It’s so cliched, right? In January, after the overindulgence in November and December, one restrains. Cliched but true. Walking down Connecticut Avenue in Dupont Circle, it’s clear there are fewer patrons in restaurants. But a good deal for those who are hungry, n’est pas?
Then there’s shopping. The stress of the holidays *can* lead to stress shopping. But isn’t January just as stressful – if not more?
To quote a friend, I don’t believe in making resolutions, I make guidelines. So here I go:
- No purchases – defined as shoes, clothes, makeup – until we go to Westminster in mid-February.
Okay, that’s really the only guideline. Which I, of course, softened to say, through January, with a goal of mid-February. Here are the results: no purchases with said caveats:
- Books don’t count.
- Replacement earbuds because my dog ate my current ones (which I have had for several months, closing on a year) do not count.
- What about replacement walking shoes? Okay, just in case they count, I forego new Merrells until after mid-February …
The result? I feel oddly proud of my accomplishment. Like I’ve lost 15 pounds or something, right? Reactions from my acquaintances range:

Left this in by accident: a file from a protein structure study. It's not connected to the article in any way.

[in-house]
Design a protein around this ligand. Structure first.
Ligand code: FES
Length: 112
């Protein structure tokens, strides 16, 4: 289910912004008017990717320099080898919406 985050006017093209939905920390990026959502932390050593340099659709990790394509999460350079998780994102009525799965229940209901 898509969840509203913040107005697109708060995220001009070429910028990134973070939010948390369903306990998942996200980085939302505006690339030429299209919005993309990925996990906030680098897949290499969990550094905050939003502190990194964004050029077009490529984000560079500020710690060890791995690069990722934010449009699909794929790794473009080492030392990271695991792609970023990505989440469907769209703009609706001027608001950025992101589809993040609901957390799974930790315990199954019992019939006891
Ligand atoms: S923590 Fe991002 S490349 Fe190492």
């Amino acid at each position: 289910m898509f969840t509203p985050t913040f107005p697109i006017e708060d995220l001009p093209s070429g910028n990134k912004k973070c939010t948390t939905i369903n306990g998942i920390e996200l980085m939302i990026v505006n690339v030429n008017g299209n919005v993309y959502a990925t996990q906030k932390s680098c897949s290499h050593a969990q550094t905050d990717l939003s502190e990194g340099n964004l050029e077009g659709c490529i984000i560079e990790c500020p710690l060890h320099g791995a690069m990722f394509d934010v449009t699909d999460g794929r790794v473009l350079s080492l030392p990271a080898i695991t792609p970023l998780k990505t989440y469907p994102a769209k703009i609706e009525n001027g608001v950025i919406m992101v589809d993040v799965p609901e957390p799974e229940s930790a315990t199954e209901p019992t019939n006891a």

- A month, is that a long time? To go without buying anything? This from a 20 something grad student-intern. Me: A month = an eternity (sometimes).
- Yeah, but wait until Spring and then …. This from a jaded 40 something rail thin (to quote G) housewife. Me: (Smile) Yes, you’re right. Wait until Spring. (to myself: really? try to be a bit more supportive on the surface, then you can stab me in the back with our mutual – and unhappy – friends.)
- It’s not like you’re refraining from drinking, right? This from a work colleague, who I guess really knows the core of me – ha! Me: no response – I mean, what could I say? just laughter.
So, if my friends would be more supportive about something like this, they probably wouldn’t actually be friends. Truth.